Owenson, Sydney (Lady Morgan) (c.1783–1859), novelist and literary celebrity, was born in Dublin. Her father, the Mayo-born Robert Owenson (qv) (originally Mac Eóin, 1744–1812), was an actor whose native command of Irish ensured his success with ‘stage Irish’ characters; her mother, Jane Hill, was from a Shrewsbury protestant family. Owenson was notoriously coy about her age; her date of birth may have been anywhere between 1778 and 1785. In her youth she imbibed the theatrical flamboyance and the Irish-patriotic politics of her father, who ran a ‘national theatre’ in Fishamble Street, Dublin. Her harp-playing, which became her trademark in later life, was already featured in the Irish-patriotic performances of this theatre.
Owenson's early activities followed the recent Irish rediscovery of the harp as the national instrument. A small volume of verse, published in 1807, was titled The lay of an Irish harp; in 1805 she had published Twelve original Hibernian melodies, which foreshadowed Moore's Irish melodies by three years. The topic of a harp-playing young woman as the spokeswoman of her nation was also central to her first and best-remembered novel, The wild Irish girl (1806). More romantic and romance-like than Maria Edgeworth's (qv) social satire Castle Rackrent (1800), The wild Irish girl became the prototype of a new kind of Ireland-related fiction: the ‘national tale’. This genre, which flourished in the years between the Act of Union and catholic emancipation, and of which, besides Owenson, the main representatives are Charles Maturin (qv) and the brothers John Banim (qv) and Michael Banim (qv), combines stirring incident and local-historical colour with the political agenda of disenchanted Grattanite patriotism, denouncing the exploitation and oppression of Ireland and its native peasantry.
From 1798, when her father's fortunes as a theatre manager declined, Owenson held various positions as governess or lady companion. The last of these was with Marchioness Abercorn, who arranged her marriage to the family physician, Thomas Charles Morgan. A knighthood for Morgan seems to have been part of the deal. Following the wedding (1812), Owenson was known as Lady Morgan, and added to her literary reputation that of a headstrong and eccentric socialite in the style of Mme de Staël.
Throughout her career, Owenson (again, like Mme de Staël) remained true to the whiggish principles of her early life. These were now increasingly unfashionable, and subject to much suspicion, scorn, and ridicule from a conservative press bolstered by anti-Jacobin and anti-Napoleonic sentiments. Owenson's Patriotic sketches of Ireland defiantly maintained a Grattanite agenda even in the post-Union years. Her national tales (O'Donnel, 1814; Florence Macarthy, 1818; The O'Briens and the O'Flahertys, 1826) continued with their melodramatic adventures, drawing not only on Irish local colour but also on Irish divisions and tensions.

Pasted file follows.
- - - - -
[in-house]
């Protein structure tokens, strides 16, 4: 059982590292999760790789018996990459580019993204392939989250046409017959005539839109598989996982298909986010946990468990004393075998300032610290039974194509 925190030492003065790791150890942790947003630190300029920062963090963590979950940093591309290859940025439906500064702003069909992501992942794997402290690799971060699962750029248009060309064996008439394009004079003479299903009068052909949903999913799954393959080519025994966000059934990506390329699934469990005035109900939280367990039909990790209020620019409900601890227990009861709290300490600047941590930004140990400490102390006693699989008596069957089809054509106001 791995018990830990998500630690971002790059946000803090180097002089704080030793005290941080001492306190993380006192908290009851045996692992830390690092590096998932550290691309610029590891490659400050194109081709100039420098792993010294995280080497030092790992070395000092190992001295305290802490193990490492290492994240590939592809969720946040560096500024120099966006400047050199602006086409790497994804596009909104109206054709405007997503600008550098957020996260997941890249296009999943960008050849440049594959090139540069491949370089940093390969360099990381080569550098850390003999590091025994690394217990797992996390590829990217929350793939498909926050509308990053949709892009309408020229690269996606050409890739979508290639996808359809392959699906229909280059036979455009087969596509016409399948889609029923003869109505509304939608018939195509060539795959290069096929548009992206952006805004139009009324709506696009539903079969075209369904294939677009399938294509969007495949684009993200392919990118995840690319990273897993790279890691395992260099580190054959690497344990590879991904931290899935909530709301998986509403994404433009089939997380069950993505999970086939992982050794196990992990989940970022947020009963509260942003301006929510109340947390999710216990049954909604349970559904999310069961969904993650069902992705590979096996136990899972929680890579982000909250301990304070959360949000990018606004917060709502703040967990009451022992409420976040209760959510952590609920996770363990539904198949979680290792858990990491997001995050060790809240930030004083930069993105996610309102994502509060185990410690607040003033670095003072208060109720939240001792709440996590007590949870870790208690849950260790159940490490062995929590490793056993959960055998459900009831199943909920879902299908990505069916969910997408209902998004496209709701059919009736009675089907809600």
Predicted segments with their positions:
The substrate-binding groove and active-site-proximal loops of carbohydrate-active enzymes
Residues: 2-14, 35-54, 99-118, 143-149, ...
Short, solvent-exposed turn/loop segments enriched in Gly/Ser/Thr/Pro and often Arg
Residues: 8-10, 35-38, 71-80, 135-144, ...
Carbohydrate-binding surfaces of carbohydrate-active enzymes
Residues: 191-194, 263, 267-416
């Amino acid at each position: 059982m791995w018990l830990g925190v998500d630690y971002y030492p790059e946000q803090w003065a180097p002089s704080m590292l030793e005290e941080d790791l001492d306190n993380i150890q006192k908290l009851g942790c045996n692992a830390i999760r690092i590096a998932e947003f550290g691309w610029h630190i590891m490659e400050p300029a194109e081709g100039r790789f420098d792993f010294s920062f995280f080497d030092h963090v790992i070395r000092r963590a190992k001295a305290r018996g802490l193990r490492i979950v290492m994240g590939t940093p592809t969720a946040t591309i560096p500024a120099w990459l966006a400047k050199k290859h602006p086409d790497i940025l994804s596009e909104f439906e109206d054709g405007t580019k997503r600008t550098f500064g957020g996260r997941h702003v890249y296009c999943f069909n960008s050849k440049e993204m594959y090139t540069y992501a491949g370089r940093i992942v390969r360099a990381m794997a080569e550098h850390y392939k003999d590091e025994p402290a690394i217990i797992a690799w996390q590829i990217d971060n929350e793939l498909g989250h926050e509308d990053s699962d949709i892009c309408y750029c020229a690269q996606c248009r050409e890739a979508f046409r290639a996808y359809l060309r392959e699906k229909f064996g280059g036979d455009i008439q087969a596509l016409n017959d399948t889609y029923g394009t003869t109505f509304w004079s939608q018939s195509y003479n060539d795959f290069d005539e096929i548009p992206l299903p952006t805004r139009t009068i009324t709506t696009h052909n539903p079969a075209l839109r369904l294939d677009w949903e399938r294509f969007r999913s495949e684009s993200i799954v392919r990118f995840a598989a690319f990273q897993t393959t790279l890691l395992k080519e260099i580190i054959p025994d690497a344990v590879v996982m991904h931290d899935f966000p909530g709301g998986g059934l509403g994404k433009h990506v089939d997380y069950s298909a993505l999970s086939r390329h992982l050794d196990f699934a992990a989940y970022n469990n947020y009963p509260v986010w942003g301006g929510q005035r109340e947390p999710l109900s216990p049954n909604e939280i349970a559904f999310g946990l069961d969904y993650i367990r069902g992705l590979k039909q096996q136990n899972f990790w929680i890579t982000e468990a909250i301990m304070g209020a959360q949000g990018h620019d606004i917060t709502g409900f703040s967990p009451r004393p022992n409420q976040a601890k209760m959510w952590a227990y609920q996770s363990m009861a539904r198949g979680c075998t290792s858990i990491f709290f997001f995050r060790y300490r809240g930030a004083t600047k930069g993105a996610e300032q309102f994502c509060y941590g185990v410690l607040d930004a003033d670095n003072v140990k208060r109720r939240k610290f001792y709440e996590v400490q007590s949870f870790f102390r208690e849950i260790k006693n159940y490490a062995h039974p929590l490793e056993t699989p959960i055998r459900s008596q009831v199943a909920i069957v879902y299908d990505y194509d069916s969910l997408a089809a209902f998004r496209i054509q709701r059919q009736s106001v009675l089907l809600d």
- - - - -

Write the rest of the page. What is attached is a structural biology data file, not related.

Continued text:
But Owenson's non-Irish novels also consistently addressed themes and settings which bespoke a liberal or even radical commitment at odds with the prevailing reactionary climate. Woman, or, Ida of Athens (1809), influenced by Mme de Staël-style sentimental feminism, is also a very early indication of the rising European tide of philhellenism; a more harnessed feminism was evinced by her later Woman and her master (1840). The missionary (1811) addresses religious conflict in the Indian colonies, while The princess (1834) celebrates the liberalism of newly independent Belgium. Her travelogues, too, breathed this liberal spirit. France (1817, sequel in 1830) incurred strenuous Tory criticism; Italy (1821) implicitly endorsed that nation's anti-Metternich resentment. Accordingly, the book was banned, and the author declared non grata in the papal states and the Habsburg empire.
In 1837 the Morgans moved from Dublin to London, where Sir Thomas died in 1843, to be outlived by his widow by sixteen years; Owenson herself (who was the first woman ever to receive a civil-list pension, to the sum of £300 annually) died in London on 13 April 1859.
From 1804 onwards, Owenson had been involved in an ongoing controversy with the conservative press led by John Wilson Croker (qv). Her writings were savagely reviewed and mocked, and she herself generally preferred strenuous rebuttal to dignified silence. Even among those who appreciated her literary gifts or her political stance (Walter Scott, Thomas Moore (qv)), the diminutive, slightly hunch-backed and volubly forthright Owenson became a figure of condescending humour. Scott named his daughter's most stubborn donkey ‘Lady Morgan’, even though he acknowledged the influence of her national tales on his own historical novels. Only Byron's admiration did she seem to have won fully, but he was dead by 1825. Owenson's politics were also increasingly out of touch with political developments. Her Grattanite combination of patriot-style liberalism and anti-papist protestantism meant that she fell foul of all parties: British Tories, Irish Unionists, and O'Connellite repealers.
Among later readers and literary critics, too, Owenson was long considered an oddity. This is in part due to the highly coloured, melodramatic narrative style of her national tales, which indeed tends to throw a bizarre sheen over her very serious intent. In recent decades, however, recognition has been growing for her dauntlessness, for the originality and importance of her work, and for its timeliness in the political climate of the Regency years.
The NLI holds Owenson's diaries and commonplace books, as well as some correspondence; other letters are in the Bodleian Library and the Huntington Library. Manuscripts of her writings are in Yale University's Beinecke Library, and further papers are with the University of Iowa. Portraits are in the collections of the NGI and National Portrait Gallery in London.